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A Sentinel Lymph Node Biopsy Can Help

This type of biopsy allows your surgeon to identify the first lymph node to which cancer is most likely to spread. Your doctor injects a radioactive substance and/or a blue dye near the tumor and follows its path using a special camera. Once the sentinel node is found, your doctor can remove just that one for testing. It’s much more precise than the older practice, and it helps avoid the side effects of a full lymphadenectomy, Dr. Bakkum-Gamez says. Plus, it allows the pathologist to do something called ultrastaging (more on that next).

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Ultrastaging is Uber-precise (But Not Everyone Agrees That's a Good Thing)

Because sentinel lymph node biopsy reduces the number of lymph nodes that pathologists need to look at, they can take a more in-depth look at each one, Dr. Bakkum-Gamez explains (thus, the term ultrastaging).

What can they find? Isolated tumor cells. This is a newer area of discovery the benefits of which are not yet fully understood. Doctors are still questioning whether finding a few isolated tumor cells (or even just one) in a lymph node should have the same impact on treatment as finding many more, Dr. Bakkum-Gamez says. “That’s the new debate: What do isolated tumor cells mean?”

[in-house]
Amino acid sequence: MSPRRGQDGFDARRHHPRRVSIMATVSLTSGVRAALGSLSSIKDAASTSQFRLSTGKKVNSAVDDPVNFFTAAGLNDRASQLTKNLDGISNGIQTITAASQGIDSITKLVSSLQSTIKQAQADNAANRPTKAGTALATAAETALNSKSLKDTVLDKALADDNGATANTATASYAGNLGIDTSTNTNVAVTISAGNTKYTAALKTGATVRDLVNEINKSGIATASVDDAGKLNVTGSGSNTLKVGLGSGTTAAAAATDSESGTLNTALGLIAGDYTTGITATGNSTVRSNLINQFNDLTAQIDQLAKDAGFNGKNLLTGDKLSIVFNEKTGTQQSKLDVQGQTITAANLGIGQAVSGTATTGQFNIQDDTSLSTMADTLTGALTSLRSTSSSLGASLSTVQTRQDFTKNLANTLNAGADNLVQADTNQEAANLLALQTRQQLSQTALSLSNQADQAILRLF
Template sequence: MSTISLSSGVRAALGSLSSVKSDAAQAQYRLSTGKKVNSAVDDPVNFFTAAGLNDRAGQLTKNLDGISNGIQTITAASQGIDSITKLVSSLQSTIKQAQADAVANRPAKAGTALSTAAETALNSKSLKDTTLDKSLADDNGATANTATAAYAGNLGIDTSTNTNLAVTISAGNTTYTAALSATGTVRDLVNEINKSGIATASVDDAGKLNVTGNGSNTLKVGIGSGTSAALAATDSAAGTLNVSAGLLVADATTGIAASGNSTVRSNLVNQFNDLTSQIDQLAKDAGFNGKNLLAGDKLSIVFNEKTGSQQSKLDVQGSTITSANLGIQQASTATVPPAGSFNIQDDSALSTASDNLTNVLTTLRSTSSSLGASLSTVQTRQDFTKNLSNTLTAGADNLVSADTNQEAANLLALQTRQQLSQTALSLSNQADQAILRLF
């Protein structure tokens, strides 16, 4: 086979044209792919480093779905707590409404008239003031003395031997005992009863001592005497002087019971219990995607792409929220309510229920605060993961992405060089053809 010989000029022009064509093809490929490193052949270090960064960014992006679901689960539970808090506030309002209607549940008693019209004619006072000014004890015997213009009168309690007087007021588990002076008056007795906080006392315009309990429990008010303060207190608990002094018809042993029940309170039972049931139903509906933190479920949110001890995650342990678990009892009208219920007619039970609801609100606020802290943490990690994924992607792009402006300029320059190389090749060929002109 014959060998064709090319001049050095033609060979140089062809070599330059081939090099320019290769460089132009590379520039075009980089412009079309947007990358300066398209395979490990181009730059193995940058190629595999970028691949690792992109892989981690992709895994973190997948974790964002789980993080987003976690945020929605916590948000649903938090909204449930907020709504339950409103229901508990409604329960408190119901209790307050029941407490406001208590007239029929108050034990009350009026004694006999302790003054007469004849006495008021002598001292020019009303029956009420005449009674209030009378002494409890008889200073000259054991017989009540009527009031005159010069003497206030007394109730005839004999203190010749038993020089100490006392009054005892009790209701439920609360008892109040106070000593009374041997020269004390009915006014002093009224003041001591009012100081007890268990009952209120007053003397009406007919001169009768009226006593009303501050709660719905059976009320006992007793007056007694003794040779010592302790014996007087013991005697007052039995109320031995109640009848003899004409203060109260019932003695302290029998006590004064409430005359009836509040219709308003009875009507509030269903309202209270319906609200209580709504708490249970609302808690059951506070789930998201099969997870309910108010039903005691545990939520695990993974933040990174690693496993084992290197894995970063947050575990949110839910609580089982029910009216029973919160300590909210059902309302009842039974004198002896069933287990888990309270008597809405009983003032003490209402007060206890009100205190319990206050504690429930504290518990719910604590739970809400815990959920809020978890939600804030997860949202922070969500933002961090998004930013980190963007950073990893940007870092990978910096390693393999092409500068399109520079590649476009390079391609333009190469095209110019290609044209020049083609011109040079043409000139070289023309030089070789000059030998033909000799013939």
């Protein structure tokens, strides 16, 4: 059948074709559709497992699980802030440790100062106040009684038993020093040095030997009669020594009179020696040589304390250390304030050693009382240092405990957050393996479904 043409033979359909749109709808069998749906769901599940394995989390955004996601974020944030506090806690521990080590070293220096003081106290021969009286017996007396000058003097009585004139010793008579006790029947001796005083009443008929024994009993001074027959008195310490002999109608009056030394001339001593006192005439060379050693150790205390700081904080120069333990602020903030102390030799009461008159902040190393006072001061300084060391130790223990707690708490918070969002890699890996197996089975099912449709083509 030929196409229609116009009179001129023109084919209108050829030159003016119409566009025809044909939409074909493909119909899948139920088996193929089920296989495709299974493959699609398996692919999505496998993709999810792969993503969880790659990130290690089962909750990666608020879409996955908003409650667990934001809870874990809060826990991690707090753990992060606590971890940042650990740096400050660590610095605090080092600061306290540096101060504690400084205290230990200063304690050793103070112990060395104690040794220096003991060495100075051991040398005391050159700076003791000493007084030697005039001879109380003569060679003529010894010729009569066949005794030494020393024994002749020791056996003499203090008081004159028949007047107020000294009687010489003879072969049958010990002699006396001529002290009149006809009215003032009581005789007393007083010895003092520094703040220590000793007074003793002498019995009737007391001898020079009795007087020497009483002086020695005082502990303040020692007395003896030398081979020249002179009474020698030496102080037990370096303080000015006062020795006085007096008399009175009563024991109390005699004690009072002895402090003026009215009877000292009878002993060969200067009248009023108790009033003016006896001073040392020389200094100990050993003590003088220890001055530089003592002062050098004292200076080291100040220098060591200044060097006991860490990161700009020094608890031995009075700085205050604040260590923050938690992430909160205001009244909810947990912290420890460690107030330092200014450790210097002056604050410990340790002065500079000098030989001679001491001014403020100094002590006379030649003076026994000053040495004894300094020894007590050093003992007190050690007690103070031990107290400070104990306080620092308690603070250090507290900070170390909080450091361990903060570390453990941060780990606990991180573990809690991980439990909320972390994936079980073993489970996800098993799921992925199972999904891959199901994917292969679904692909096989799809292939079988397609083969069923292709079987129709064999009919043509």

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How Doctors Are Dealing with Isolated Tumor Cells

In other words, if just a few isolated tumor cells are found in a lymph node, should the cancer be considered stage 3, because it technically may have spread to that location, meeting the guidelines for that stage? There’s just not yet enough follow-up evidence to know for sure, and different clinics and institutions treat it differently.

The Mayo Clinic, for example, calls this scenario “stage 1 with isolated tumor cells,” and treatment would follow stage 1 guidelines.

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When You’ll Find Out Your Staging

As soon as patients wake up from surgery, Dr. Bakkum-Gamez shares what the cancer stage is likely to be. (The less waiting the better.)

The tissue removed during the procedure gets processed, and then the final pathologist confirms the diagnosis in a couple of days.

“I usually tell patients there’s a 98% change there will be no change in the pathology report,” she says.

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You’ll Have a Team Behind You and Your Staging